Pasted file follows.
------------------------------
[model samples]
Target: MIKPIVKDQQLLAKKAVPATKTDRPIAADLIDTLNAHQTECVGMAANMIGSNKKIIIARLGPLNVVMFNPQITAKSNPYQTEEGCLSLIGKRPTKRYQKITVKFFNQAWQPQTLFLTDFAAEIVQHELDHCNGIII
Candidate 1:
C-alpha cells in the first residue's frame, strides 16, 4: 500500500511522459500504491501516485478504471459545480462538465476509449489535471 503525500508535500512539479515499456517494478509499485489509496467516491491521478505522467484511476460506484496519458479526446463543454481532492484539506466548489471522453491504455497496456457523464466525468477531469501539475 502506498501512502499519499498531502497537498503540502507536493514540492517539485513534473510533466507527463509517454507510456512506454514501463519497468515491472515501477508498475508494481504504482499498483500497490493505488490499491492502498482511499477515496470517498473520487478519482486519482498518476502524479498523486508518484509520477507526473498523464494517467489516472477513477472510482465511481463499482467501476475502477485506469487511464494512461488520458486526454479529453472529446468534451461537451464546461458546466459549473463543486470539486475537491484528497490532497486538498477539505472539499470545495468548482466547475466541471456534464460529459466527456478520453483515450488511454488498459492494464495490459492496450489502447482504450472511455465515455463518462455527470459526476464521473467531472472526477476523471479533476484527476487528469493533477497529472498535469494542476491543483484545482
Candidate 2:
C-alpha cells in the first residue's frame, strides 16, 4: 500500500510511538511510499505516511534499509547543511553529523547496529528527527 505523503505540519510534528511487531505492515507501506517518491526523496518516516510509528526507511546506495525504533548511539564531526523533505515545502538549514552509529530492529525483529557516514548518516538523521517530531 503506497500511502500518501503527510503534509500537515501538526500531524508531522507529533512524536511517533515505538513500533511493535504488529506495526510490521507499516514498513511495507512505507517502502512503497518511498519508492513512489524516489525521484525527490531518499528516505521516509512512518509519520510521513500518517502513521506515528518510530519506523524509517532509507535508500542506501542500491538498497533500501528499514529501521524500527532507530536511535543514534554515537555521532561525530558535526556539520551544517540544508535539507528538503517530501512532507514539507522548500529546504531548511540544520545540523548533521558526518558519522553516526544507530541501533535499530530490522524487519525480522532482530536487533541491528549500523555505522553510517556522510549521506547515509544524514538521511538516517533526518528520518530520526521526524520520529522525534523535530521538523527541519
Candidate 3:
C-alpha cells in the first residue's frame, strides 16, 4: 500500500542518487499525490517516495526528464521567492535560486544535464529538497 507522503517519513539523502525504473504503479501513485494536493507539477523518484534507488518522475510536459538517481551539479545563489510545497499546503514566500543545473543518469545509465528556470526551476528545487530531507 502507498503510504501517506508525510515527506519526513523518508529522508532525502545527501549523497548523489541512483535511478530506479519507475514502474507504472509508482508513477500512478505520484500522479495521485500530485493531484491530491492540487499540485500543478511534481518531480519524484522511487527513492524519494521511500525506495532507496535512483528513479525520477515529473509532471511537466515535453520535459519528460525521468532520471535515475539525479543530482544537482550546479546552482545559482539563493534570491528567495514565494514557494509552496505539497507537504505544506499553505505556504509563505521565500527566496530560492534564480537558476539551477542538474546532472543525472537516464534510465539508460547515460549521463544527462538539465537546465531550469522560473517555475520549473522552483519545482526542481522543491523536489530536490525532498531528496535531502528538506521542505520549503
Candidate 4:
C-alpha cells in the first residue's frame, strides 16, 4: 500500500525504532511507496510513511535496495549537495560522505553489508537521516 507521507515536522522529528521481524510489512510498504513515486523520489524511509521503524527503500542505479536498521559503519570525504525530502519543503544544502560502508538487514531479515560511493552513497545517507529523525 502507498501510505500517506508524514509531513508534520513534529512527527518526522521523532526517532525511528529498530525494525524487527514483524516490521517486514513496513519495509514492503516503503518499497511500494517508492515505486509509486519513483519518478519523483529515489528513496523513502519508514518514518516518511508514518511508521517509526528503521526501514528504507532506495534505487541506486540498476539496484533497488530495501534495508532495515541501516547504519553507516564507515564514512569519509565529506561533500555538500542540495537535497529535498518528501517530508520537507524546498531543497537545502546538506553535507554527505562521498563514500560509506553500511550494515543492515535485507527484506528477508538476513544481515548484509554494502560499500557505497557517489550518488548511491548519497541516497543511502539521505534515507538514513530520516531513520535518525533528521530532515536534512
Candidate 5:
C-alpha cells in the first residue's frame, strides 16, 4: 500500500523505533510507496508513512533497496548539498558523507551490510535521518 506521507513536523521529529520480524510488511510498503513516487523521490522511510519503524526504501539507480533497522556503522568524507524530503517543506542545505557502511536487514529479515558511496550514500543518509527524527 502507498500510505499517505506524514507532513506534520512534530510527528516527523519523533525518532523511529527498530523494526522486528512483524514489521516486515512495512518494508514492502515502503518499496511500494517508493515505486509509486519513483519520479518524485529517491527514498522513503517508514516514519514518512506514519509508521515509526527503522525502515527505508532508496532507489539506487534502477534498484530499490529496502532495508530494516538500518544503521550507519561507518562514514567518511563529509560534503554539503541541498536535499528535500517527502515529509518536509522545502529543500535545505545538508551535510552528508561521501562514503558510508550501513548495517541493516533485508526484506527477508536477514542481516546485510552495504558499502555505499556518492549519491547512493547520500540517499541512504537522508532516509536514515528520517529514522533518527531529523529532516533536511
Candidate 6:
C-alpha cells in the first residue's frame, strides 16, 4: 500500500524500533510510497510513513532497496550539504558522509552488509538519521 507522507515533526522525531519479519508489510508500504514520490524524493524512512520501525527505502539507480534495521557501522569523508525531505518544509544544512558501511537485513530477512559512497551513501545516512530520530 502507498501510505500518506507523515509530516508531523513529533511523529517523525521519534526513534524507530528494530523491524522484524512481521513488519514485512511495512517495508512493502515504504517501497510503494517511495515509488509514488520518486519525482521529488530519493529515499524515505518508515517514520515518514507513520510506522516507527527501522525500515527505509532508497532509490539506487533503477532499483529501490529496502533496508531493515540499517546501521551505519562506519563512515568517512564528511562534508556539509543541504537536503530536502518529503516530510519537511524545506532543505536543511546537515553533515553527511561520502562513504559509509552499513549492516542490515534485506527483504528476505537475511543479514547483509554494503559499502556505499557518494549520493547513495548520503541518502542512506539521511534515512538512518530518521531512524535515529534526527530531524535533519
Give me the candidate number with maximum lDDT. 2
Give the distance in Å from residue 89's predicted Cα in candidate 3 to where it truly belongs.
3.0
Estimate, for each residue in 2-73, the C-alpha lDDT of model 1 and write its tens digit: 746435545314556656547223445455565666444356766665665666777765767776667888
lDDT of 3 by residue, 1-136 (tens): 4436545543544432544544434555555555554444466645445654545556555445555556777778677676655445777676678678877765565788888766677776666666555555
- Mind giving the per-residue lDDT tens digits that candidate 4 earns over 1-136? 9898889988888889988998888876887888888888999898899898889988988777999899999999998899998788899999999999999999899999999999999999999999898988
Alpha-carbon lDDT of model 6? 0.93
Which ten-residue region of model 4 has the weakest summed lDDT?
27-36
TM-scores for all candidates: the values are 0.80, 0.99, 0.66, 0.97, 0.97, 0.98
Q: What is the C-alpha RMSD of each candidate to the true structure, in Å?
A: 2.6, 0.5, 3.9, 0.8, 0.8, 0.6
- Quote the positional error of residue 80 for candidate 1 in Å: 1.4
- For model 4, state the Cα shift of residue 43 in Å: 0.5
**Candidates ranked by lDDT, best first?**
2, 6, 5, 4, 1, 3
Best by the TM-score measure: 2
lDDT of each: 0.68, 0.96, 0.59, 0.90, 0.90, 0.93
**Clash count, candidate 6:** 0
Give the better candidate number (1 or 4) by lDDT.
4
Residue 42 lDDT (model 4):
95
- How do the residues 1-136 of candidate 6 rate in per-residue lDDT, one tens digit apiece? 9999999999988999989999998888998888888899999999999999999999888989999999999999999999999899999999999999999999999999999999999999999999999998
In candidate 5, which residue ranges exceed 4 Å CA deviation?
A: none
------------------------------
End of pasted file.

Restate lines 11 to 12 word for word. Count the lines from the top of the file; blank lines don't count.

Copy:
Candidate 5:
C-alpha cells in the first residue's frame, strides 16, 4: 500500500523505533510507496508513512533497496548539498558523507551490510535521518 506521507513536523521529529520480524510488511510498503513516487523521490522511510519503524526504501539507480533497522556503522568524507524530503517543506542545505557502511536487514529479515558511496550514500543518509527524527 502507498500510505499517505506524514507532513506534520512534530510527528516527523519523533525518532523511529527498530523494526522486528512483524514489521516486515512495512518494508514492502515502503518499496511500494517508493515505486509509486519513483519520479518524485529517491527514498522513503517508514516514519514518512506514519509508521515509526527503522525502515527505508532508496532507489539506487534502477534498484530499490529496502532495508530494516538500518544503521550507519561507518562514514567518511563529509560534503554539503541541498536535499528535500517527502515529509518536509522545502529543500535545505545538508551535510552528508561521501562514503558510508550501513548495517541493516533485508526484506527477508536477514542481516546485510552495504558499502555505499556518492549519491547512493547520500540517499541512504537522508532516509536514515528520517529514522533518527531529523529532516533536511